Perkin Warbeck

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Perkin Warbeck, 1474?–1499, pretender to the English throne, b. Tournai. He lived in Flanders and later in Portugal and arrived in Ireland in the employ of a silk merchant in 1491. There adherents of the Yorkist party persuaded him to impersonate Richard, duke of York, the younger brother of Edward V of England. As children, the royal brothers had been imprisoned in the Tower of London and subsequently disappeared, presumably murdered. Warbeck's claim was supported by Holy Roman Emperor Maximilian I, by James IV of Scotland, and by Margaret of Burgundy, sister of Edward IV (and thus Richard's aunt) and the chief supporter of the Yorkist exiles. Warbeck's attempt to invade England in 1495 failed, and he went to Scotland where he married Catherine Gordon, a cousin of James IV. In 1497 Warbeck landed in Cornwall, proclaimed himself Richard IV, and raised a rebel army. His forces were met by those of Henry VII at Exeter, and the pretender fled. He was captured, admitted the whole story of his adventure, and was imprisoned. In 1499 he was hanged for plotting against the king.

See biographies by J. Gairdner (in his History of the Life and Reign of Richard the Third, 1898, repr. 1969) and A. Wroe (2003).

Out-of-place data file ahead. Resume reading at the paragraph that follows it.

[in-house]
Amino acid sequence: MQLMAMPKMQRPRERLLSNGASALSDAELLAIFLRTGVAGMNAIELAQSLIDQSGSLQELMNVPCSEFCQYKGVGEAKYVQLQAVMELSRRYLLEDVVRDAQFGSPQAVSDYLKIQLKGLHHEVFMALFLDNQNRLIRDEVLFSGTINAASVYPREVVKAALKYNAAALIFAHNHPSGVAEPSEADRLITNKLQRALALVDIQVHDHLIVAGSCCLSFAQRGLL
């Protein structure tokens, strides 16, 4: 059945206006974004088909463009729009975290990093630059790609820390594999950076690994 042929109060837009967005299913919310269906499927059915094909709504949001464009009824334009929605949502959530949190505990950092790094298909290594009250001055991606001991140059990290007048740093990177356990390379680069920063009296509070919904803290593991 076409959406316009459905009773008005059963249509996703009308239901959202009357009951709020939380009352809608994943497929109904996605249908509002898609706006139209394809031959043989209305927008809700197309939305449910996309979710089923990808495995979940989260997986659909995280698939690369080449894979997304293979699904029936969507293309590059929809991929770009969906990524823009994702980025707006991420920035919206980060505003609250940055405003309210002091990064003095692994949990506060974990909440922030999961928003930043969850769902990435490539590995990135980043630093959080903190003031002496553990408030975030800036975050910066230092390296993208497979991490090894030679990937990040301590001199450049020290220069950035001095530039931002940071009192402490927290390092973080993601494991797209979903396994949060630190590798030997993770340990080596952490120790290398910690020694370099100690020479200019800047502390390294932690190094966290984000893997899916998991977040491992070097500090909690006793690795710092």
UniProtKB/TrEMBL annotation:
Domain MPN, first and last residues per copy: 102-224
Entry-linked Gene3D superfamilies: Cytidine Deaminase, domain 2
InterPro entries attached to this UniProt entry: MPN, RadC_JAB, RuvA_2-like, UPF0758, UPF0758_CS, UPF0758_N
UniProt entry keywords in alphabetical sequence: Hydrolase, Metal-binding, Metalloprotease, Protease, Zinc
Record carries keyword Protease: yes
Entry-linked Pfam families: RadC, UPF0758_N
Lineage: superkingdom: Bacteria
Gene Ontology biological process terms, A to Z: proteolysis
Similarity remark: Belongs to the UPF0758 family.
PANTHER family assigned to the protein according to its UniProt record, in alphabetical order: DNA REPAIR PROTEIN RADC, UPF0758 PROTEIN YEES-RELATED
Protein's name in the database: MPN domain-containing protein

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Warbeck, Perkin (1474–99). Warbeck was a troublesome pretender to Henry VII's crown. He claimed to be Richard, duke of York, the younger of the two princes, sons of Edward IV. He was in fact born in Tournai. When he appeared in Cork in 1491 he was taken up by a number of people who wished to embarrass Henry, including the earls of Kildare and Desmond, Charles VIII of France, and Margaret, dowager duchess of Burgundy. In 1494 he was recognized by Maximilian, Holy Roman emperor, as king of England and provided with an expeditionary force in 1495. James IV of Scotland welcomed him and gave him his cousin in marriage. In 1497 he landed in Cornwall, won some support, but failed to take Exeter or Taunton. He surrendered at Beaulieu and was spared his life on confession. In 1499, having attempted to escape from the Tower, he was hanged at Tyburn. His wife, daughter of the earl of Huntly, was treated kindly by Henry and made three further marriages.

J. A. Cannon